IMPORTANT INFORMATION ABOUT THIS PRODUCT: Your sealed Galileo thermometer is filled with a common mineral-based, ozone friendly solvent (paraffin oil) to prevent bacterial growth. In case of breakage, keep away from any ignition sources as it is highly flammable. Ventilate area immediately and absorb the liquid with disposable towels. Wash hands with soap and water. Potential eye irritant! In case of ingestion contact your local poison control center immediately. Be sure to use care when cleaning to avoid injury. This item requires no special disposal procedures and is made entirely of Earth friendly materials!
What is a Galileo Thermometer and how do I read it?
A Galileo Thermometer is a sealed glass column containing multiple liquid filled orbs. As the temperature changes, these orbs rise and fall to indicate the current ambient temperature (within the range of 64˚F - 80˚F). Under normal conditions, the orbs will settle into two groupings toward the top and bottom of the glass column as shown to the left. To read the Galileo Thermometer, observe the metal tags hanging from each orb. The tag on the lowest orb in the top grouping displays the current ambient temperature. If all the orbs float to the top, the temperature is below 64˚F. If all the orbs sink to the bottom, the temperature is higher than 80˚F. PLEASE NOTE: the stated height of 13" is only an approximation. This item is finished with a hand process that creates a varying finished height, which may be slightly higher or shorter than the stated height.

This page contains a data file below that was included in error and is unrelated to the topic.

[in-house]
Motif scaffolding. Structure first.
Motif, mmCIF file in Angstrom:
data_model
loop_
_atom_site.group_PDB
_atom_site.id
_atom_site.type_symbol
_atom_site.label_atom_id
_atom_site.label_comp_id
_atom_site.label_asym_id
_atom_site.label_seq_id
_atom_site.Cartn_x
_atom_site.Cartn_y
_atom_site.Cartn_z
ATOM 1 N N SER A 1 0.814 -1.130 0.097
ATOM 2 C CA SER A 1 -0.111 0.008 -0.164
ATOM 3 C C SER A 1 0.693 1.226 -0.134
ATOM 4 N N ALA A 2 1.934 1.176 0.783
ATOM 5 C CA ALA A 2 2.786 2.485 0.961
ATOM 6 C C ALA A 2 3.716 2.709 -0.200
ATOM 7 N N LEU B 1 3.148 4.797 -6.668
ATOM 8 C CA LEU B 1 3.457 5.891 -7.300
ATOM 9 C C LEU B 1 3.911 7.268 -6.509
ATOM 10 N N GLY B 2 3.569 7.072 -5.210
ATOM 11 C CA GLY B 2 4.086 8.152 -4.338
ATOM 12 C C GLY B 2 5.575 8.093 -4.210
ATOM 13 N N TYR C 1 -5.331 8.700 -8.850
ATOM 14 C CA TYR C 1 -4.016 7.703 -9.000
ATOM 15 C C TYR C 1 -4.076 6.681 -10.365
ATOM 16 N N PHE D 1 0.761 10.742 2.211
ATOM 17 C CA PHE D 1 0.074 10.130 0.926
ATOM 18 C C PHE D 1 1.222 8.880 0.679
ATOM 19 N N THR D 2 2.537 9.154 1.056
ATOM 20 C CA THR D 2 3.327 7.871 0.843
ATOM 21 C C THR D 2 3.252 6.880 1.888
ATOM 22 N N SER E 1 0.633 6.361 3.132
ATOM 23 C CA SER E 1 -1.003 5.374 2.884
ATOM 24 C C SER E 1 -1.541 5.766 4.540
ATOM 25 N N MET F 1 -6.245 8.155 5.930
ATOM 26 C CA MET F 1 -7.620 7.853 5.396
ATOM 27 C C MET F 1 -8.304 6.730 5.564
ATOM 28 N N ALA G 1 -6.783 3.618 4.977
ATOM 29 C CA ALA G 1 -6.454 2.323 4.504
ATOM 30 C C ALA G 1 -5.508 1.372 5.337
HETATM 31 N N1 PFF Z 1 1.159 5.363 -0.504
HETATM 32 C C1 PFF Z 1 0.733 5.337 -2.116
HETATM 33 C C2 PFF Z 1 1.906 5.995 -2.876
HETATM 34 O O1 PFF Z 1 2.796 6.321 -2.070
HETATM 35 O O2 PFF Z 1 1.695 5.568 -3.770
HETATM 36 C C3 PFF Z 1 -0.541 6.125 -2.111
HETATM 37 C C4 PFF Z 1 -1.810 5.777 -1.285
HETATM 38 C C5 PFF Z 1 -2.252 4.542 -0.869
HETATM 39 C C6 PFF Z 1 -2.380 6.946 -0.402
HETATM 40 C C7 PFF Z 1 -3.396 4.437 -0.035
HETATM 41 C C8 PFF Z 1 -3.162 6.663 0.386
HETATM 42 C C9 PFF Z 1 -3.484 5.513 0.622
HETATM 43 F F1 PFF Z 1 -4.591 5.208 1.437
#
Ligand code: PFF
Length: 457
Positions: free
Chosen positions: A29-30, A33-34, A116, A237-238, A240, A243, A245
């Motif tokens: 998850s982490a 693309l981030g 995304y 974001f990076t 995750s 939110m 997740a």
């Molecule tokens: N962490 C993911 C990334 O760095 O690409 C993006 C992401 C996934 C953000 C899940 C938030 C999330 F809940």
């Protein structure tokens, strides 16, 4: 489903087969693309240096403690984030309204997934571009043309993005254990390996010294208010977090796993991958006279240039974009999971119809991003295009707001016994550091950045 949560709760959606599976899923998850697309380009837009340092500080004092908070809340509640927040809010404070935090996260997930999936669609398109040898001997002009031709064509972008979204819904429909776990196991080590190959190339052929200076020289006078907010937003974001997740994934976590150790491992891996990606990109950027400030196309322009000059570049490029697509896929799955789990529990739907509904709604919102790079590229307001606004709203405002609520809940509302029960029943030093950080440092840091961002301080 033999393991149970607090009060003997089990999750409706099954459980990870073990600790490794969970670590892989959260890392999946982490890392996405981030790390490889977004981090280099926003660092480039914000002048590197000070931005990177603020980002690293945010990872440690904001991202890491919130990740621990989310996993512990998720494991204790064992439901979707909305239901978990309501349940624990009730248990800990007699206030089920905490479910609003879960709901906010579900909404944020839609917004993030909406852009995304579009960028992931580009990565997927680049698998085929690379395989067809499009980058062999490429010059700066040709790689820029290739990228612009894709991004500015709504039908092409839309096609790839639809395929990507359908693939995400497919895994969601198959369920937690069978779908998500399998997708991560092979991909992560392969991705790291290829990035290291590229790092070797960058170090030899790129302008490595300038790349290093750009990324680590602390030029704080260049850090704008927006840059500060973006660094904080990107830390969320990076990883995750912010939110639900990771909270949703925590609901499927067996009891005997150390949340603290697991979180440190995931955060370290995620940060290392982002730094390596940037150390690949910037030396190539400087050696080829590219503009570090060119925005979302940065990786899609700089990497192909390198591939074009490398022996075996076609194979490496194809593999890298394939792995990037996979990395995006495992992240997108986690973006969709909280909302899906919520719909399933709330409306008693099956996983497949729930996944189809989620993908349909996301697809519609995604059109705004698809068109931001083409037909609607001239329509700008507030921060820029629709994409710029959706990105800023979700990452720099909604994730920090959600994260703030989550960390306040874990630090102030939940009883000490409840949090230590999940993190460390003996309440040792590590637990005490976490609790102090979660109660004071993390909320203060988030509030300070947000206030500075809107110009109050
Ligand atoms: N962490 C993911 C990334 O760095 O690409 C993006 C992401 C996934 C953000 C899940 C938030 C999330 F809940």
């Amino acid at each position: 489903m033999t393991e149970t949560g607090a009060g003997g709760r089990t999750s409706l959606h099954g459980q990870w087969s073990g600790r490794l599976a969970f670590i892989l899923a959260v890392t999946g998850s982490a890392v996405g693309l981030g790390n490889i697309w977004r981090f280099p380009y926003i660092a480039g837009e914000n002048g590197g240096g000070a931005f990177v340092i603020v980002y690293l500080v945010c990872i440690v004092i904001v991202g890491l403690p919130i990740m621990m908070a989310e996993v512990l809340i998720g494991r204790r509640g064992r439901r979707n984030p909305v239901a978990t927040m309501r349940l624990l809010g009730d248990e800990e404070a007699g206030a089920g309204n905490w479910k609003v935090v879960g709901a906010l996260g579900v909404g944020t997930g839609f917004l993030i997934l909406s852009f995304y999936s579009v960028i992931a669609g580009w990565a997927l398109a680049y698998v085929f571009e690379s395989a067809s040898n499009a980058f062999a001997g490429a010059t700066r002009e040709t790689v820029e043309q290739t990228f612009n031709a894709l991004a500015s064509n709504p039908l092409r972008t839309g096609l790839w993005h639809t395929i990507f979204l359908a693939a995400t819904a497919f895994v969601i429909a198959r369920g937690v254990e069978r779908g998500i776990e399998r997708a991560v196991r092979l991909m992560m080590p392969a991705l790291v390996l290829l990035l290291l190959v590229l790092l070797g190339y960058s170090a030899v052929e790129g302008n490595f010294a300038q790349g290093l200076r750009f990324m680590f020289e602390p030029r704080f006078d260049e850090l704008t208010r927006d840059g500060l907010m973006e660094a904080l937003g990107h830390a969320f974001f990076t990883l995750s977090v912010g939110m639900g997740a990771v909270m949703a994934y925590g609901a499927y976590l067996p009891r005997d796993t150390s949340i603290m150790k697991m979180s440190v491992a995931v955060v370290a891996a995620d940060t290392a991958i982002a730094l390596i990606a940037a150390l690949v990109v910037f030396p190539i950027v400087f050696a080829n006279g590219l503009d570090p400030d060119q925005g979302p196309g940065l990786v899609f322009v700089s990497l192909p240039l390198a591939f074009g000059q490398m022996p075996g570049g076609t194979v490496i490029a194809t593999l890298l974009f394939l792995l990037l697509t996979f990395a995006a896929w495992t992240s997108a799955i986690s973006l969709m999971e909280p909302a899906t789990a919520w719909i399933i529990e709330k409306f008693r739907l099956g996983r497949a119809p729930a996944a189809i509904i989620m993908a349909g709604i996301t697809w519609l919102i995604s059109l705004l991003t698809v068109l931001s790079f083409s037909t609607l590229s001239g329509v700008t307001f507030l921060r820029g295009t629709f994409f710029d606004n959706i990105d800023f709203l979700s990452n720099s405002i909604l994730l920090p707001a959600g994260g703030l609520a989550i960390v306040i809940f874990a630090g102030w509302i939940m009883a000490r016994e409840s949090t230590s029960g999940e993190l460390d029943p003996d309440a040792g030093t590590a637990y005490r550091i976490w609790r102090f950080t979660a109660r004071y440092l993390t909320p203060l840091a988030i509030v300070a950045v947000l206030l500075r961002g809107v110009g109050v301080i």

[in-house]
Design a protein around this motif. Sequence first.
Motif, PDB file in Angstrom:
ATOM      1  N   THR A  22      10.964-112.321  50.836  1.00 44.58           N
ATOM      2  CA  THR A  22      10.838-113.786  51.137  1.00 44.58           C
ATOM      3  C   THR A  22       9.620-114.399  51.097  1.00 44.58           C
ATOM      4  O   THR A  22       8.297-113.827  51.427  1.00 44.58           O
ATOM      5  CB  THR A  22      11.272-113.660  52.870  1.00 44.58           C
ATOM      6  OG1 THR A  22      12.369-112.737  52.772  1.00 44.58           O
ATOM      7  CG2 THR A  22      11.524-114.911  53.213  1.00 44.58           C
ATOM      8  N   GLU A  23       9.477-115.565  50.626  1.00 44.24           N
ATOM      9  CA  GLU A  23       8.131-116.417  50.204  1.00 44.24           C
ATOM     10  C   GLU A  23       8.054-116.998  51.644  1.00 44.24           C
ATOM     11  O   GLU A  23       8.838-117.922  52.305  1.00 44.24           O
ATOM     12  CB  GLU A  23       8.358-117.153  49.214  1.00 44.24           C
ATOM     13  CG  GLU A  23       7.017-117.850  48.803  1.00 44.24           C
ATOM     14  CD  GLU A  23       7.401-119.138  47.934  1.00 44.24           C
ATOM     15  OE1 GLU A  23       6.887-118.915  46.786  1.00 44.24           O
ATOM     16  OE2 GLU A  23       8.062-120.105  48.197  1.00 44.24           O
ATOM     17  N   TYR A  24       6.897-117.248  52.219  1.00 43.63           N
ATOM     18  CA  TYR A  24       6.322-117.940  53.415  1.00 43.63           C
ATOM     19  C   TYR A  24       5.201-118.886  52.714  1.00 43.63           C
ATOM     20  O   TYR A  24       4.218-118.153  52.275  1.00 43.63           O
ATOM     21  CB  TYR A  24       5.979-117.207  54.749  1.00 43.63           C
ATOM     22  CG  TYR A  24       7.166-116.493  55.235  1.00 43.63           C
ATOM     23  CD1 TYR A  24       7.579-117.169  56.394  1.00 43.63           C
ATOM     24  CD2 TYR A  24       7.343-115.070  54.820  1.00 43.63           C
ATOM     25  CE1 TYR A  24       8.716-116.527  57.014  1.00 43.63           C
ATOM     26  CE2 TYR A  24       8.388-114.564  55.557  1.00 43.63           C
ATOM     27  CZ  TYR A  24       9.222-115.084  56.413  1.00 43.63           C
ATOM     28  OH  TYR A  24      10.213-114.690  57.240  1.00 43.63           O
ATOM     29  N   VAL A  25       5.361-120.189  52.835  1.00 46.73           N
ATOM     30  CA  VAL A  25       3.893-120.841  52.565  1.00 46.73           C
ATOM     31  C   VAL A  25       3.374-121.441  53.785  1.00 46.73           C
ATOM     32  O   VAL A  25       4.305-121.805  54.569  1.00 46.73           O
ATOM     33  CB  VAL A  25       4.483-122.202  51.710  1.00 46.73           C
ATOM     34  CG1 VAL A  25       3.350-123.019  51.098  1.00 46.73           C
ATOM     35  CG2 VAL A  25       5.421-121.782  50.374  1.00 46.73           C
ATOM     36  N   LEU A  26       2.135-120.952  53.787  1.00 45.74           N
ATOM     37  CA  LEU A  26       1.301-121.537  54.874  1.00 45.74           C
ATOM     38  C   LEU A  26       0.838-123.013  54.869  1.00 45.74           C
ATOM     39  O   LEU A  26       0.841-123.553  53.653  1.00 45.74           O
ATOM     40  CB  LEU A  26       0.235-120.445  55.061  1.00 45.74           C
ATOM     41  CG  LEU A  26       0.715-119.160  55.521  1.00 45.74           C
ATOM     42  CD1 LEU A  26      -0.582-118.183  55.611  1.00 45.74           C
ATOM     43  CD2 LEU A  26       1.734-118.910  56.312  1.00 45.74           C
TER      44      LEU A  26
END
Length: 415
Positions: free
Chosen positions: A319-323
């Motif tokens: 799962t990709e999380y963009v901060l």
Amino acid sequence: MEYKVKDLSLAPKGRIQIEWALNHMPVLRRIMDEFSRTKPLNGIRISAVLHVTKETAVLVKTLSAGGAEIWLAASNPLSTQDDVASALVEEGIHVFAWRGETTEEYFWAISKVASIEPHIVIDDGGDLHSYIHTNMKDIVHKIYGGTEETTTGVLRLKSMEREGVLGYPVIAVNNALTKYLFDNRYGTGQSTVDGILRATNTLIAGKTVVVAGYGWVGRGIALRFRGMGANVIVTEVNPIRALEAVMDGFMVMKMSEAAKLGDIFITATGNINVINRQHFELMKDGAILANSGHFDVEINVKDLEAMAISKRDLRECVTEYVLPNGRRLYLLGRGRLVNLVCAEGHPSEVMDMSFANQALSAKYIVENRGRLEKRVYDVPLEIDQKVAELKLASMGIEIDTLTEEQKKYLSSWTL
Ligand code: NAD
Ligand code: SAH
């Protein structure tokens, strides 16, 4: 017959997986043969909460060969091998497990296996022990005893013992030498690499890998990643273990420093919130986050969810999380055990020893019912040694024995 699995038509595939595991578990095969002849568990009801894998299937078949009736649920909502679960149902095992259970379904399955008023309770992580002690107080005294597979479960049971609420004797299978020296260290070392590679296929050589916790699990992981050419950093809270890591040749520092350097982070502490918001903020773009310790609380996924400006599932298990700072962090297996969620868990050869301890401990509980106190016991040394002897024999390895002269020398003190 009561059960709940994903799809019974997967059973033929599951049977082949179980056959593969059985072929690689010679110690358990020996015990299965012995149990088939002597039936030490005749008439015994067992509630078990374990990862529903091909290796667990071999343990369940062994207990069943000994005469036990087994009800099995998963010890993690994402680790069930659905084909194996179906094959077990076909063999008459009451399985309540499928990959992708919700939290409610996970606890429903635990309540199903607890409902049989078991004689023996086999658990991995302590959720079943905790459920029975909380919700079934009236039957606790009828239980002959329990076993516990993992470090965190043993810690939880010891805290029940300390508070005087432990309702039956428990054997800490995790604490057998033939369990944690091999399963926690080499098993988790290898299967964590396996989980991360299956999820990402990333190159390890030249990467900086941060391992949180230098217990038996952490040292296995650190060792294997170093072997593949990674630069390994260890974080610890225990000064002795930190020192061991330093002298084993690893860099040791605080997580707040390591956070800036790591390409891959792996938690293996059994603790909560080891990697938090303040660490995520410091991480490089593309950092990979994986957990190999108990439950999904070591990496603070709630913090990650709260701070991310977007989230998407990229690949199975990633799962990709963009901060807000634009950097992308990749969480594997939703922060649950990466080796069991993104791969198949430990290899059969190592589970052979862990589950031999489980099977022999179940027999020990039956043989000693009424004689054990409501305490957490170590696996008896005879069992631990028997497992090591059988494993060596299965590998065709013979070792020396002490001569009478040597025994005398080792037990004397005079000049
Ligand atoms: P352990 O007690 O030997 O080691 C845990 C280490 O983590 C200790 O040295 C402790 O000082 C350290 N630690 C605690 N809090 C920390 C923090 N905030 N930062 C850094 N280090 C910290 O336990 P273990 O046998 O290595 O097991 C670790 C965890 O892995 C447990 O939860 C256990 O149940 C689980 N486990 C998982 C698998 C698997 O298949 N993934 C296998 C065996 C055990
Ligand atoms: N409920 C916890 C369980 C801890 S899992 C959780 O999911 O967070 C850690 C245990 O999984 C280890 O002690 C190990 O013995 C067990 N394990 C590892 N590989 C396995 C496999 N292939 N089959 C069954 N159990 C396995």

How does it work?
Inspired by the finding of Galileo Galilei, these high quality glass thermometers demonstrate how temperature affects density and buoyancy. Each glass orb is partially filled with liquid to achieve a precise weight. A metal counterweight for each temperature is hung from the bottom of the orbs. As the temperature changes, the density of the liquid inside each orb changes, causing it to rise or fall within the column. Each thermometer is individually calibrated to achieve an accuracy of 2°F.